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Splenectomy, Immunosuppressive Therapy, and Sepsis

William Spickler, MD, PhD; Paul K. Hamilton, MD; Richard E. Holman, MD
JAMA. 1978;239(4):295. doi:10.1001/jama.1978.03280310027009.
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To the Editor. —  In the article "Acute Bacteremia in Asplenic Renal Transplant Patients" (237:2207, 1977), Schröter et al suggest that the occurrence of fulminant sepsis in transplant patients may be related more to prior splenectomy than to the immunosuppressive therapy required by these patients. Weitzman and Aisenberg1 recently described three cases of fulminant sepsis in patients with prior splenectomy and immunosuppressive therapy in the form of total nodal irradiation and chemotherapy for Hodgkin's disease. We wish to report a recent case, suggesting also that the combination of splenectomy and immunosuppression is far more hazardous than splenectomy alone.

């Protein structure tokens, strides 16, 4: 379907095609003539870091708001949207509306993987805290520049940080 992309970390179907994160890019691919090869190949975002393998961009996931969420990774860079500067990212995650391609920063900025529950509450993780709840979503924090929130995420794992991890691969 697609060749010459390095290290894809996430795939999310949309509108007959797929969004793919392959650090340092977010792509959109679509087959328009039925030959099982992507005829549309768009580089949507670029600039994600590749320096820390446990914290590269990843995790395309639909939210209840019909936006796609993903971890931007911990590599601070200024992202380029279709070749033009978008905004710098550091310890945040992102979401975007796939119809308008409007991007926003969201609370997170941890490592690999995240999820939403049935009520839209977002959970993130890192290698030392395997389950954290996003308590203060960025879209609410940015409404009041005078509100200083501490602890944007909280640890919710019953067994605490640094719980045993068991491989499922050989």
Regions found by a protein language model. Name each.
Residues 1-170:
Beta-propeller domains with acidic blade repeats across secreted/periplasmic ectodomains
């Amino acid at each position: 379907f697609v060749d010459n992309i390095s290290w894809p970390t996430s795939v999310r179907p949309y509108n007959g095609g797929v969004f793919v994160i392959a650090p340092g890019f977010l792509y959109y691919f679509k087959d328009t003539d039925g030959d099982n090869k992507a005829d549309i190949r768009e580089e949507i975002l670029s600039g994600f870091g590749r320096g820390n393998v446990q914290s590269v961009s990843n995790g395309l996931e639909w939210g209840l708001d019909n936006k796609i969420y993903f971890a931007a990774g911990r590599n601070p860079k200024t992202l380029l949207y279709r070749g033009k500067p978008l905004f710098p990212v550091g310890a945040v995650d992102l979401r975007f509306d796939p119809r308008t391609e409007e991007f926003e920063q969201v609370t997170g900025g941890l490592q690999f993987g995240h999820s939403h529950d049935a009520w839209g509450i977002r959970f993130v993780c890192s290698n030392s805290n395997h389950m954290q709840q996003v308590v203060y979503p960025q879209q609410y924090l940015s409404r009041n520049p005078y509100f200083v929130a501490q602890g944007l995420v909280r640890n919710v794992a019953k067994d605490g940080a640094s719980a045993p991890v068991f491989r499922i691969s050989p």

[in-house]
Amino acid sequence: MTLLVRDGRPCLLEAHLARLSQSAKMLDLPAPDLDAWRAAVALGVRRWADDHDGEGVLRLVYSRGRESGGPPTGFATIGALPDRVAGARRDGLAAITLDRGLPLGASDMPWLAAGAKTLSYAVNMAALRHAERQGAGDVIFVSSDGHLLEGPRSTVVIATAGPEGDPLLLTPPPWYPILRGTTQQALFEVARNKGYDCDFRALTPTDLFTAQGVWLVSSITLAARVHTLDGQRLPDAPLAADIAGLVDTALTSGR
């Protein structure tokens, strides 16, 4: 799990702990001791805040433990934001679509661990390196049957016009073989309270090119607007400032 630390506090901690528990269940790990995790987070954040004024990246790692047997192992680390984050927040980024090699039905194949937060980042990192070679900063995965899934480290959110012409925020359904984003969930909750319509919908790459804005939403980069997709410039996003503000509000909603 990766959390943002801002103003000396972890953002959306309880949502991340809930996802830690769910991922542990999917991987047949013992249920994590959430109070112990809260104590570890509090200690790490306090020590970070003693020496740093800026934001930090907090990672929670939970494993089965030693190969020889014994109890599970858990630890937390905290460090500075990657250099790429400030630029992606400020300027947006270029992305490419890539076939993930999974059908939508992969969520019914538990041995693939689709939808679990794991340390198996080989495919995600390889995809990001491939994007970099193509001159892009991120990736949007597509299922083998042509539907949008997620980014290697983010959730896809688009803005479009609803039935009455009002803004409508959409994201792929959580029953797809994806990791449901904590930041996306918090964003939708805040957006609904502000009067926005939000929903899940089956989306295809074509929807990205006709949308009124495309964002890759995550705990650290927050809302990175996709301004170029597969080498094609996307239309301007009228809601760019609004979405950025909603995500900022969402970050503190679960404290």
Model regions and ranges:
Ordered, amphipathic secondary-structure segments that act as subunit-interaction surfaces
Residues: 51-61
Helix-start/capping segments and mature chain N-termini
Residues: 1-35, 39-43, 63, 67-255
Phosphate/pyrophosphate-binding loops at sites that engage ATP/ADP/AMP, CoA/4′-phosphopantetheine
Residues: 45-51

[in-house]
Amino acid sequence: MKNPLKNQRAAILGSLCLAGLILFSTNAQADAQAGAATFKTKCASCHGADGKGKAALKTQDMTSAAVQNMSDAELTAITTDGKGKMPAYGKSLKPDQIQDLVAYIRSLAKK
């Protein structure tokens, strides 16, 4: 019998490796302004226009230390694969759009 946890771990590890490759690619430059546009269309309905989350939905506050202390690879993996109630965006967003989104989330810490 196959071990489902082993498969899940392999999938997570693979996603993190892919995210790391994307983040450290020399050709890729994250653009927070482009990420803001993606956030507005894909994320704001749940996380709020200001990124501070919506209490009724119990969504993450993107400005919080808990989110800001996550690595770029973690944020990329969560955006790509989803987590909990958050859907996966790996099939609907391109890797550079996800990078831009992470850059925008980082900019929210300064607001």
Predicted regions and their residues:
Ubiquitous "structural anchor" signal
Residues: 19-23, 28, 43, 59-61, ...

Report of a Case.—  Our patient was a 41-year-old man who seven years previously underwent prior splenectomy, total nodal irradiation, and chemotherapy with a regimen of cyclophosphamide, vincristine sulfate (Oncovin), prednisone, and procarbazine hydrochloride (COPP). He had been given no medications for the two months prior to his admission.In December


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